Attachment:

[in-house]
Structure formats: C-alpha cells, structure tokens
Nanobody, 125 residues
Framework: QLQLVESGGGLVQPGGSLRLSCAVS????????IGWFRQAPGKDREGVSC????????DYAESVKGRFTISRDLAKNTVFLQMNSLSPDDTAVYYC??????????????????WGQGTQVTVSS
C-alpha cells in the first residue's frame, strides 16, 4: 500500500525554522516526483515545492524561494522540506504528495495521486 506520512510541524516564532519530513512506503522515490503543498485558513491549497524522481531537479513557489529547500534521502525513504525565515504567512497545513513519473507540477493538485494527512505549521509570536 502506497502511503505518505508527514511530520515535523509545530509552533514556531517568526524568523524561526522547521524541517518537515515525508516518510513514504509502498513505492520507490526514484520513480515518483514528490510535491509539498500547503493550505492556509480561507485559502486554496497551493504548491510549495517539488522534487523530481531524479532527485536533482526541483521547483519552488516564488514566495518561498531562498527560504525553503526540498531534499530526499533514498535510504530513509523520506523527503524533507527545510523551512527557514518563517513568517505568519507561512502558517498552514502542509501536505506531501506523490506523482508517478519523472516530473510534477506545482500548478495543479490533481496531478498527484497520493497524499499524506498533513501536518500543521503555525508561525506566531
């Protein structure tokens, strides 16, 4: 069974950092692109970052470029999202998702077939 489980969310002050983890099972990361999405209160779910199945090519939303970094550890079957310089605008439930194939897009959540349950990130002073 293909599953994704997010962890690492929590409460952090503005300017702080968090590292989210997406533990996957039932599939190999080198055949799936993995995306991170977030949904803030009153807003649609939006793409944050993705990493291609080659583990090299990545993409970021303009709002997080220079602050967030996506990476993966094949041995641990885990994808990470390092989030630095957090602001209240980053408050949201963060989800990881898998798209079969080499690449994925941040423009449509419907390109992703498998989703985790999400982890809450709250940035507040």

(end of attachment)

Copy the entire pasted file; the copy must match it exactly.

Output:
[in-house]
Structure formats: C-alpha cells, structure tokens
Nanobody, 125 residues
Framework: QLQLVESGGGLVQPGGSLRLSCAVS????????IGWFRQAPGKDREGVSC????????DYAESVKGRFTISRDLAKNTVFLQMNSLSPDDTAVYYC??????????????????WGQGTQVTVSS
C-alpha cells in the first residue's frame, strides 16, 4: 500500500525554522516526483515545492524561494522540506504528495495521486 506520512510541524516564532519530513512506503522515490503543498485558513491549497524522481531537479513557489529547500534521502525513504525565515504567512497545513513519473507540477493538485494527512505549521509570536 502506497502511503505518505508527514511530520515535523509545530509552533514556531517568526524568523524561526522547521524541517518537515515525508516518510513514504509502498513505492520507490526514484520513480515518483514528490510535491509539498500547503493550505492556509480561507485559502486554496497551493504548491510549495517539488522534487523530481531524479532527485536533482526541483521547483519552488516564488514566495518561498531562498527560504525553503526540498531534499530526499533514498535510504530513509523520506523527503524533507527545510523551512527557514518563517513568517505568519507561512502558517498552514502542509501536505506531501506523490506523482508517478519523472516530473510534477506545482500548478495543479490533481496531478498527484497520493497524499499524506498533513501536518500543521503555525508561525506566531
């Protein structure tokens, strides 16, 4: 069974950092692109970052470029999202998702077939 489980969310002050983890099972990361999405209160779910199945090519939303970094550890079957310089605008439930194939897009959540349950990130002073 293909599953994704997010962890690492929590409460952090503005300017702080968090590292989210997406533990996957039932599939190999080198055949799936993995995306991170977030949904803030009153807003649609939006793409944050993705990493291609080659583990090299990545993409970021303009709002997080220079602050967030996506990476993966094949041995641990885990994808990470390092989030630095957090602001209240980053408050949201963060989800990881898998798209079969080499690449994925941040423009449509419907390109992703498998989703985790999400982890809450709250940035507040």